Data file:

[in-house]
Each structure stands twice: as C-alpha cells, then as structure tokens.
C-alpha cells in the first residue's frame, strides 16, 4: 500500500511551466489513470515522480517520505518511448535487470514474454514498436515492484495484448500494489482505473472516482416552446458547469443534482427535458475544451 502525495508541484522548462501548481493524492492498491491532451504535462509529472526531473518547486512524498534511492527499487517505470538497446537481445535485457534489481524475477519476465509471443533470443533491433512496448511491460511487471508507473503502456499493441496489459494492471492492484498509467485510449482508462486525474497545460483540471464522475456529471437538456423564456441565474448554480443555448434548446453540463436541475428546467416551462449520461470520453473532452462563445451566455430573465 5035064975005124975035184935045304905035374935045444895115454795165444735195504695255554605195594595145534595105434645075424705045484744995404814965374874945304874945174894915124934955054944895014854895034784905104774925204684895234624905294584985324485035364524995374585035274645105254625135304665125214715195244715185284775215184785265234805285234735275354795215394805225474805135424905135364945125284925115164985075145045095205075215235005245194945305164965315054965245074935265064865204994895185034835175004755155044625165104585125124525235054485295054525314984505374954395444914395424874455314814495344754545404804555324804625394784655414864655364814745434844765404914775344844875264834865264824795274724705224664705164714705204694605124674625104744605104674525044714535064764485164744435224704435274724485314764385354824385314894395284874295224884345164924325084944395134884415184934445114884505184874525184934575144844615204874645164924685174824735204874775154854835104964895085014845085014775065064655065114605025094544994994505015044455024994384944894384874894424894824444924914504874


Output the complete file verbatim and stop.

[in-house]
Each structure stands twice: as C-alpha cells, then as structure tokens.
C-alpha cells in the first residue's frame, strides 16, 4: 500500500511551466489513470515522480517520505518511448535487470514474454514498436515492484495484448500494489482505473472516482416552446458547469443534482427535458475544451 502525495508541484522548462501548481493524492492498491491532451504535462509529472526531473518547486512524498534511492527499487517505470538497446537481445535485457534489481524475477519476465509471443533470443533491433512496448511491460511487471508507473503502456499493441496489459494492471492492484498509467485510449482508462486525474497545460483540471464522475456529471437538456423564456441565474448554480443555448434548446453540463436541475428546467416551462449520461470520453473532452462563445451566455430573465 5035064975005124975035184935045304905035374935045444895115454795165444735195504695255554605195594595145534595105434645075424705045484744995404814965374874945304874945174894915124934955054944895014854895034784905104774925204684895234624905294584985324485035364524995374585035274645105254625135304665125214715195244715185284775215184785265234805285234735275354795215394805225474805135424905135364945125284925115164985075145045095205075215235005245194945305164965315054965245074935265064865204994895185034835175004755155044625165104585125124525235054485295054525314984505374954395444914395424874455314814495344754545404804555324804625394784655414864655364814745434844765404914775344844875264834865264824795274724705224664705164714705204694605124674625104744605104674525044714535064764485164744435224704435274724485314764385354824385314894395284874295224884345164924325084944395134884415184934445114884505184874525184934575144844615204874645164924685174824735204874775154854835104964895085014845085014775065064655065114605025094544994994505015044455024994384944894384874894424894824444924914504874